The reason for this is simple, when there is too much governmental intervention and high taxes as is in the Keynesian model, businesses lay off people in anticipation of these new tax increases.

What’s more is that 90% of new jobs are created by these small businesses who are dubbed, “The wealthy”.

To make matters worse, in uncertain economic times of high taxation, businesses resort to replacing fewer

workers that they initially fired because of the potential future costs.

This happened during the depression, when FDR served, during stagflation when Jimmy Carter served, and through Obama with the extraordinary unemployment rates.

These unemployment rates will continue to stay high until some supply side economic policies occur. Keynesian economics has failed every time it has been tried. The Presidencies of Franklin Delano Roosevelt, Jimmy Carter, and Obama are living proof that Keynesian economics don’t work because government don’t create jobs but businesses do.

Post 2

Bhutan-I wish we had another President Reagan in the White House.

Currently Obama is practicing Keynesian economics which is also referred to as neoclassical economics or demand side economics.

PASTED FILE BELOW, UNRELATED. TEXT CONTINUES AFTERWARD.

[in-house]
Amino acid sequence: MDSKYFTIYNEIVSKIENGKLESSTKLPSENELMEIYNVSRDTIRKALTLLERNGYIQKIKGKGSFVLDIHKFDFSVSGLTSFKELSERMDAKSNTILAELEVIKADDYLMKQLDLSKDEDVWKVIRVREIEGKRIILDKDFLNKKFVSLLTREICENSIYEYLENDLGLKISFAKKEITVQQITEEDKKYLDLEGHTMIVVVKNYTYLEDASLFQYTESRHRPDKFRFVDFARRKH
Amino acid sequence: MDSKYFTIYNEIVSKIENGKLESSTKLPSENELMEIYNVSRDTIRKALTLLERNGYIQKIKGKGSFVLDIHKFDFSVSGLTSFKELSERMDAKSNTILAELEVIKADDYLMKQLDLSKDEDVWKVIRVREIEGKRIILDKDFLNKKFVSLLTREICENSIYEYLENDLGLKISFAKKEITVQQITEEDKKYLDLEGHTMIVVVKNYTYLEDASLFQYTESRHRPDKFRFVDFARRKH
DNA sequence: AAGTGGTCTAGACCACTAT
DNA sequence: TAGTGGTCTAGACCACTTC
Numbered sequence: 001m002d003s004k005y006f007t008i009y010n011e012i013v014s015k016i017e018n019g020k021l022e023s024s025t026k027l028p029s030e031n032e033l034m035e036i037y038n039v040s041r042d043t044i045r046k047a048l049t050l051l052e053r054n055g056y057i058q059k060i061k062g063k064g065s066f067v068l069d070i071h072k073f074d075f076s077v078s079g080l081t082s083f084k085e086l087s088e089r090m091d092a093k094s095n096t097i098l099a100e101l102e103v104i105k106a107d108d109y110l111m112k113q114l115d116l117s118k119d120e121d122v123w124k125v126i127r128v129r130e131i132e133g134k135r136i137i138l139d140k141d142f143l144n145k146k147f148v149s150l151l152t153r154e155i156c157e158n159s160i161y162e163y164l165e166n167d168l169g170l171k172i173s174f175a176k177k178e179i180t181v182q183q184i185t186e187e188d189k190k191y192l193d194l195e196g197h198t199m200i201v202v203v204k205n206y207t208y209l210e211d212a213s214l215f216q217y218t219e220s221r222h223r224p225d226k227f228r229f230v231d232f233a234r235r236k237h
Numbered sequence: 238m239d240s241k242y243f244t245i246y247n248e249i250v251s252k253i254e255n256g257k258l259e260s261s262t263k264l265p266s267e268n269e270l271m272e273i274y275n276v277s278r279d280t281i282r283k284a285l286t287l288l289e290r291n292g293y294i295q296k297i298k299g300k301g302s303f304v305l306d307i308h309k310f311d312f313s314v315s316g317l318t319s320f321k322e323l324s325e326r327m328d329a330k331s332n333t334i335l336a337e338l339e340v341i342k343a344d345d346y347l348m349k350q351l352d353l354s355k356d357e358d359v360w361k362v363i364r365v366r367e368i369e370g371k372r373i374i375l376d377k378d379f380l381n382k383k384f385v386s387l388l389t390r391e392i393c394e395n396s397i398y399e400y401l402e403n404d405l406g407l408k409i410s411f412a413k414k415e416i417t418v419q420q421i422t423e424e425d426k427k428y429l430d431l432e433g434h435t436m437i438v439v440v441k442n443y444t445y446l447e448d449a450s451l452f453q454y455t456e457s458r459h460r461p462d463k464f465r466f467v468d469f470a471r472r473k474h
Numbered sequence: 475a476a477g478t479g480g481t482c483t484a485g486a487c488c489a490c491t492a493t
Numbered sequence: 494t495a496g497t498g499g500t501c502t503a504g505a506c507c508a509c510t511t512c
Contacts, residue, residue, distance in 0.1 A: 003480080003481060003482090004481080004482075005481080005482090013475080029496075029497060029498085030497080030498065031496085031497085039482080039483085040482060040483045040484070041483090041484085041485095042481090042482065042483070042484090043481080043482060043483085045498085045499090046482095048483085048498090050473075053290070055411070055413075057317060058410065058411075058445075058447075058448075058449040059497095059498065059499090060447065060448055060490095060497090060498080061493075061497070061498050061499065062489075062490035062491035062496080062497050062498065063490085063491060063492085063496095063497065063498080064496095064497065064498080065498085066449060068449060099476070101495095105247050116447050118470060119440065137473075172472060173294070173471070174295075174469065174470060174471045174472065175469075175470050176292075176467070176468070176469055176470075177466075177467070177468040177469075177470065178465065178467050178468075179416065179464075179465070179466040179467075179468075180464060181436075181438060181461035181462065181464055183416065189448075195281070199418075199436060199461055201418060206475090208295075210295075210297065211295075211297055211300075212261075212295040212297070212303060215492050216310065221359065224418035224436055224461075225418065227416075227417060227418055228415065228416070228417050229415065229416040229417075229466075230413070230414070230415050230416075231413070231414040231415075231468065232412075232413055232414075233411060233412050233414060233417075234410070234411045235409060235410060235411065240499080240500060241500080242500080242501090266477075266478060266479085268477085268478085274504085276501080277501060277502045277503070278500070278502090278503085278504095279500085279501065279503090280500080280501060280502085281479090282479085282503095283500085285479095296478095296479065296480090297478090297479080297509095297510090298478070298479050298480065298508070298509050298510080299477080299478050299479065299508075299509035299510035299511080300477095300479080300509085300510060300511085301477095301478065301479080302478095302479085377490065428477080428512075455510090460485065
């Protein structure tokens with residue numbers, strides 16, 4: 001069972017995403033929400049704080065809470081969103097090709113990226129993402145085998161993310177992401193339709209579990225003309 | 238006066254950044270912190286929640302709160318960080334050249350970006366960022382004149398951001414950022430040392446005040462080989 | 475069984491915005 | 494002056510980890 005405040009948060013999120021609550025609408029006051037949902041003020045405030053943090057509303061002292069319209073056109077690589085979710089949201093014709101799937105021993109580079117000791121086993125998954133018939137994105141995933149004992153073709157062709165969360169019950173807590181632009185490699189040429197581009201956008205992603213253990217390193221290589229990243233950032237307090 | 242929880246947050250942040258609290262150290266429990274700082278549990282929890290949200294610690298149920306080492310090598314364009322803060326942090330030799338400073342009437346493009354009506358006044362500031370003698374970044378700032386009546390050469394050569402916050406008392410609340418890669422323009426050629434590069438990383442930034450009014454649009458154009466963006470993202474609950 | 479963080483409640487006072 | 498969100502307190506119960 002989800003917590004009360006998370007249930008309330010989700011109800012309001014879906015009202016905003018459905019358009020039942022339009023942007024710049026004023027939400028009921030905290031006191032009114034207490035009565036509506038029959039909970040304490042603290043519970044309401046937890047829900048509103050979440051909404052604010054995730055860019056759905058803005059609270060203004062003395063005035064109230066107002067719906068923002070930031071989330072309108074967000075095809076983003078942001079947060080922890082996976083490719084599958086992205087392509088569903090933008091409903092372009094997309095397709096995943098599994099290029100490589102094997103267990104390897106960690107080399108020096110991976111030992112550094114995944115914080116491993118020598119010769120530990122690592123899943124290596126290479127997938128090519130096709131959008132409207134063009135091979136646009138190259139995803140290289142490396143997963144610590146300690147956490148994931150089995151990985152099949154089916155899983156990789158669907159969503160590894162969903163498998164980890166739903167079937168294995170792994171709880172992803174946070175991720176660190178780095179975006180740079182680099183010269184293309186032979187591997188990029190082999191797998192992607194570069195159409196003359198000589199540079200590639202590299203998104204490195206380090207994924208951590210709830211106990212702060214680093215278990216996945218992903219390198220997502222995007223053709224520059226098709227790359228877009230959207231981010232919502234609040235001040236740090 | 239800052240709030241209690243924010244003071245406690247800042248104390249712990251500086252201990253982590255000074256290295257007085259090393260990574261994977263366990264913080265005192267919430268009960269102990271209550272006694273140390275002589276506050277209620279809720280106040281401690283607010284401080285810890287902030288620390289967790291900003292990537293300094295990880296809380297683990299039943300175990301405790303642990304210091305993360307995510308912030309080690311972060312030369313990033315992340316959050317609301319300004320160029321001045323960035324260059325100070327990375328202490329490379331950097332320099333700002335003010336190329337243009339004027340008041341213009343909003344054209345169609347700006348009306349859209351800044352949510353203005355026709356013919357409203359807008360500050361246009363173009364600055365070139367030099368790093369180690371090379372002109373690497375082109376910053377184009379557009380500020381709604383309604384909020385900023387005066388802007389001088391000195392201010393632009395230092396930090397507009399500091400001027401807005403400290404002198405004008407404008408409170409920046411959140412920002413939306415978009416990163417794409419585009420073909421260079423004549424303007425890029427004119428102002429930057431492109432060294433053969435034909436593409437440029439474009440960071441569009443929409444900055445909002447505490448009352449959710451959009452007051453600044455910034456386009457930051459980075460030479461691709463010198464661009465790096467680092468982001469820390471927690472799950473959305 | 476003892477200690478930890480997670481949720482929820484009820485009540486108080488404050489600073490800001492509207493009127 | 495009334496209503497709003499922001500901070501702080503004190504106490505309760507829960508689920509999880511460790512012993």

The main difference in supply side economics vs. demand side economics involves government spending and control. Keynesian economics involves the use of massive governmental spending in order to create entitlement programs and infrastructure projects in order to stimulate the economy.

In addition, Keynesian economics also involves high levels of taxation because it is these taxes that fund the entitlement programs that people that believe in Keynesian economics feel it is necessary to keep people afloat in difficult economic times.

They also believe in increased governmental regulations of businesses as a necessary way to control the economy. They felt that stimulus spending done by the federal government was the only way to achieve economic success.

Presidents that practiced Keynesian economics were Franklin Delano Roosevelt, Jimmy Carter, and Obama.

Post 1

Reaganomics was dubbed so because President Ronald Reagan epitomized supply side economic model.

The main difference between supply side economics vs. Keynesian economics is huge. Supply side economics referred to providing policies that stimulates economic development by offering tax breaks to all of the American people.

With these tax cuts, not only would businesses hire more people because they now have an economic incentive to expand and grow, but individuals would spend more money in the economy furthering even more economic growth.

Supply side economics fosters a relationship with businesses and realizes their importance in stimulating the economy. Every time supply side economics was tried it worked. When President Ronald Reagan developed his supply side economics policies and dropped the top tax rate from 70% to 24%, he created 25 million jobs.